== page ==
St George's researchers from the Genetics Research Centre find new gene associated with hereditary spastic paraplegia
Dr Cathy Moore (Postdoctoral Research Assistant) in our I&I Research Institute discusses how parasites have shaped our history.
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Professor Sanjeev Krishna is working with industrial partners to implement new technologies for point-of-care diagnostics. These technologies are aimed at infections such as HPV, Ebola and malaria. Improving and simplifying treatments of important diseases is another way to impact on morbidity of major pathogens such as malaria, where work over several decades has delivered advances in the use of artesunate (different routes of administration, different combination treatments and single daily dose for severe disease).
A major challenge for any treatments for infections is the emergence of drug resistance. Understanding the mechanisms that underlie clinically important drug resistance in malaria has been another focus of laboratory studies. These have not only improved diagnostics of resistance but stimulated detailed molecular and functional studies in parasites to identify and validate new drug targets for pathogens.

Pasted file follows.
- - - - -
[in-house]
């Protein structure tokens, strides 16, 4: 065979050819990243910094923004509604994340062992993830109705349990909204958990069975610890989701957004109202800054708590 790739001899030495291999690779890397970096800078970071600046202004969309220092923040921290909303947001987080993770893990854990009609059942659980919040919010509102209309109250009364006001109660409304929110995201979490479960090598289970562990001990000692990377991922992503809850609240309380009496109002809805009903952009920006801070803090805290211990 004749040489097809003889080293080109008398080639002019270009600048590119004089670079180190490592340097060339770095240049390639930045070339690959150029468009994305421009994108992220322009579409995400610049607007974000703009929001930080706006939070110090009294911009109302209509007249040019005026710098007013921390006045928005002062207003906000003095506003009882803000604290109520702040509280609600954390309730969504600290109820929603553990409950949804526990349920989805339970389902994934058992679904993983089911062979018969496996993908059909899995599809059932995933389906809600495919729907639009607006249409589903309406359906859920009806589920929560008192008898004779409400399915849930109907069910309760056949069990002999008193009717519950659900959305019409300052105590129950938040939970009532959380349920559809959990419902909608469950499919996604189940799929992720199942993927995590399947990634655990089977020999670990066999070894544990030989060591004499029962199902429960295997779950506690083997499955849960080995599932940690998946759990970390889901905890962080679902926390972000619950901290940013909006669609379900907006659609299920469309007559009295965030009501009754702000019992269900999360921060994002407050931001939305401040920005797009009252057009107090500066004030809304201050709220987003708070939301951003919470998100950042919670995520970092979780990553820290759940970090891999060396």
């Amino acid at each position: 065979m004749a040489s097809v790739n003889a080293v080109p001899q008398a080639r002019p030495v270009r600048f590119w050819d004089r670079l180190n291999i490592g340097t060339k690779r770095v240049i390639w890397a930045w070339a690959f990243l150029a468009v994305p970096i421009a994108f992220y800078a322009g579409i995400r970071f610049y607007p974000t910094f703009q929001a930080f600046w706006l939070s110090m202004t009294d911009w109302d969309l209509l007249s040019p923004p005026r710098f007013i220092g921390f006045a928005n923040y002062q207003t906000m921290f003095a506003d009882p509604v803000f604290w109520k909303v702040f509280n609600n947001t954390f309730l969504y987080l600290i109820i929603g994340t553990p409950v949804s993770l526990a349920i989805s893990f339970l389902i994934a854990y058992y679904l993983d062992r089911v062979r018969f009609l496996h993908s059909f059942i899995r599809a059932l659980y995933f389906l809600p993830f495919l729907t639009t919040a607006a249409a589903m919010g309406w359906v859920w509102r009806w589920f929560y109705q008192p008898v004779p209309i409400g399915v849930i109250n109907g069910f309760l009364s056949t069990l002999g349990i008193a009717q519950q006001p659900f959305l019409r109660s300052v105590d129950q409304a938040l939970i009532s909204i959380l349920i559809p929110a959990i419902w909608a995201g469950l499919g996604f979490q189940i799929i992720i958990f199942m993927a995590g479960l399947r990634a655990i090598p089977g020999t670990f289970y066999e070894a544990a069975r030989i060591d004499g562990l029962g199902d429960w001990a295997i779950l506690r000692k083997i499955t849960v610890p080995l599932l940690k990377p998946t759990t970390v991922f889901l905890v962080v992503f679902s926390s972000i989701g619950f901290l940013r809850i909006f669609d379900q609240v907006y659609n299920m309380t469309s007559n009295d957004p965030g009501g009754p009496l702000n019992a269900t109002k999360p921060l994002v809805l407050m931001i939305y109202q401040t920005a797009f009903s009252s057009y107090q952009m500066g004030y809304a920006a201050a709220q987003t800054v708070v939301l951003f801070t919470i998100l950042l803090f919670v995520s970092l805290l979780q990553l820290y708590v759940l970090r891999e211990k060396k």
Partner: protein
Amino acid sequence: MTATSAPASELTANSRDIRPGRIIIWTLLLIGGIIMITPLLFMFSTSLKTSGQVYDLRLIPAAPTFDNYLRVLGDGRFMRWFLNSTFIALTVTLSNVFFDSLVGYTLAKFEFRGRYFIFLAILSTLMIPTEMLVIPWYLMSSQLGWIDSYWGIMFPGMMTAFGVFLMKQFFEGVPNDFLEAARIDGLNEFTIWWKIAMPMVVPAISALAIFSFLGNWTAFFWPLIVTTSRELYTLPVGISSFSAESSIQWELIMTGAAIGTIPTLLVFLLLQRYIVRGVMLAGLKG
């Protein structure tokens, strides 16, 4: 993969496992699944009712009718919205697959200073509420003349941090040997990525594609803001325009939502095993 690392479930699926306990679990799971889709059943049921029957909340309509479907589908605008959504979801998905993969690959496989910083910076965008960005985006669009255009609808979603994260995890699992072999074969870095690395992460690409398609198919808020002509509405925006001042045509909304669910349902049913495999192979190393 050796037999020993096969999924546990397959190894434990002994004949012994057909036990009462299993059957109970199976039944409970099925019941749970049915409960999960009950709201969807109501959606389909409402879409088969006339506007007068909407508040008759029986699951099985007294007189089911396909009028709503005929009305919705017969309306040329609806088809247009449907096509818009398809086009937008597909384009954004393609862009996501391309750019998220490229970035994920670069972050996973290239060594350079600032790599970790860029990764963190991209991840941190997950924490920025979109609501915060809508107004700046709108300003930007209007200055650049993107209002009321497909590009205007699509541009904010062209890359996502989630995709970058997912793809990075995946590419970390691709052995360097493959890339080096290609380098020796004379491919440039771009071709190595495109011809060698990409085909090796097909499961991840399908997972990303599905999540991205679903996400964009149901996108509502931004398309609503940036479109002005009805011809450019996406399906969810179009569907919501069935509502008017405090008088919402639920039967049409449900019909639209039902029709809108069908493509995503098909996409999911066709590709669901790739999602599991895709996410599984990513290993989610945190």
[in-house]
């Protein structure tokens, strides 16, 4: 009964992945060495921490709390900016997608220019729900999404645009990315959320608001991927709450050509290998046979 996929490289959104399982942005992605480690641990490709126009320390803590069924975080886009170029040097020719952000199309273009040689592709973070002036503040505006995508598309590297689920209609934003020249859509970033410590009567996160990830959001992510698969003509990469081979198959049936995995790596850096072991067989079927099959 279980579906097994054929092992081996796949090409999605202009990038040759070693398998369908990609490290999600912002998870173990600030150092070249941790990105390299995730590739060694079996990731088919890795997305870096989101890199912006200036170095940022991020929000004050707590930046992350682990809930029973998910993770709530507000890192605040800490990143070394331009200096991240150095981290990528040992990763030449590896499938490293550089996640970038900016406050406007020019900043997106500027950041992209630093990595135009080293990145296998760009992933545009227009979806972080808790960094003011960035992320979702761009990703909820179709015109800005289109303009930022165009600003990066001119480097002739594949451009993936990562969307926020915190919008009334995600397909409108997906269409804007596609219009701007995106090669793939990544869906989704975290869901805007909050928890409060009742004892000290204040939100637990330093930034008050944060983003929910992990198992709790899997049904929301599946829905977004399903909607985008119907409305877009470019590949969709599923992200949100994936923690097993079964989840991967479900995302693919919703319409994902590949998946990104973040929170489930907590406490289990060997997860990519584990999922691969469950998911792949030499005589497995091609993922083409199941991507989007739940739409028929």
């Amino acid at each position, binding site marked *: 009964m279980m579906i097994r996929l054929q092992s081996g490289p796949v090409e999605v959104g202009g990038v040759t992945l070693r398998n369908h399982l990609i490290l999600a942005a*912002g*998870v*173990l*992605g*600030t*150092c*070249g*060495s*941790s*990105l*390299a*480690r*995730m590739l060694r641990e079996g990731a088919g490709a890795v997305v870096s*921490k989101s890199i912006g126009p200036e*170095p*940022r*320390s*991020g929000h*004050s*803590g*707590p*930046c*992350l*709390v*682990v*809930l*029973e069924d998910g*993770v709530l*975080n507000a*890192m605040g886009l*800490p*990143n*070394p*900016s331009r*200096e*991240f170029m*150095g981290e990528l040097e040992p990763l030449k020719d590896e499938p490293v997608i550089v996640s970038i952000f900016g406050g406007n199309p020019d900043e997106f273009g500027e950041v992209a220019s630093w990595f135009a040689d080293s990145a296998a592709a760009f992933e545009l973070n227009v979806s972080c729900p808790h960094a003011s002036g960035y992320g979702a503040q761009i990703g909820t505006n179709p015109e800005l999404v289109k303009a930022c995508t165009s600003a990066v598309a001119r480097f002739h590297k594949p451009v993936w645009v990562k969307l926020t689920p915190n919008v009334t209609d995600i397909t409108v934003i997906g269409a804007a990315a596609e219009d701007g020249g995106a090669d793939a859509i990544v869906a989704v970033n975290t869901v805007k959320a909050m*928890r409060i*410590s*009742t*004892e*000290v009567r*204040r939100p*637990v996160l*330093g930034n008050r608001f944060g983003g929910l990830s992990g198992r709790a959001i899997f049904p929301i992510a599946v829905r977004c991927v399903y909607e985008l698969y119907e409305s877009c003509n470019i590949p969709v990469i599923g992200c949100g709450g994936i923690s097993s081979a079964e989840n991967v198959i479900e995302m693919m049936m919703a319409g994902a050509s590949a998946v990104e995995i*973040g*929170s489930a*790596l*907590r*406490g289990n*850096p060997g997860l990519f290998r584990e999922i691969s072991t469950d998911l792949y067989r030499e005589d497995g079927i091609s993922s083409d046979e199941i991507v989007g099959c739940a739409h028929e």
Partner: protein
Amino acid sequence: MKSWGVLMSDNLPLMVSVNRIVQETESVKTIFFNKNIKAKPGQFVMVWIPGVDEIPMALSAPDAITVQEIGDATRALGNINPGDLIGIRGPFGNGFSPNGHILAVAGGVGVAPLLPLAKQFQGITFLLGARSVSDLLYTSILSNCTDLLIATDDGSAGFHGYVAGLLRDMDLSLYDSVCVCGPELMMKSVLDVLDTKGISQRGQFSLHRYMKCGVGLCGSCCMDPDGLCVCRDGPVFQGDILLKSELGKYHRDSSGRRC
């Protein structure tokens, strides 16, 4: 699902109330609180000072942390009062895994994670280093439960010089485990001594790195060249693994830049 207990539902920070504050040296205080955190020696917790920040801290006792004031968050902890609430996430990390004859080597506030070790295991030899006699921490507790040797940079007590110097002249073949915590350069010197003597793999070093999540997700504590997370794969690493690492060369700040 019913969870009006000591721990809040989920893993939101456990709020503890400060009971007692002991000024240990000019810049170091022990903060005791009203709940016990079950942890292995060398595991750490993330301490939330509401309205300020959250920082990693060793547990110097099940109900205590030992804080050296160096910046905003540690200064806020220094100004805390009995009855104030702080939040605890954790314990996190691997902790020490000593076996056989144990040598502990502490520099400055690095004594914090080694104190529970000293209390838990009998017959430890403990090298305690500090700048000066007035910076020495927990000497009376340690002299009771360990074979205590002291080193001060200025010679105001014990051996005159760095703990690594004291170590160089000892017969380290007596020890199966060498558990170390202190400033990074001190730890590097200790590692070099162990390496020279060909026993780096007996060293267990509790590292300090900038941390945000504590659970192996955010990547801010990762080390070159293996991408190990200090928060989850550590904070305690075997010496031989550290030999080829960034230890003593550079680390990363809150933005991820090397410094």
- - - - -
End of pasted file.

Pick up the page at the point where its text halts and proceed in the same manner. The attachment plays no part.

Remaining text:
During the study of artemisinins for treating malaria, it became obvious that they may also be useful for cancers. The laboratory has investigated mechanisms of anticancer effects of artemisinins, after studying the mechanisms of their antimalarial action. Artemisinins are now being trialled in multi-centre, multi-national ways to improve outcomes from colorectal cancer. Soon they will be applied to other cancers where treatment options are limited, unaffordable or poorly tolerated.
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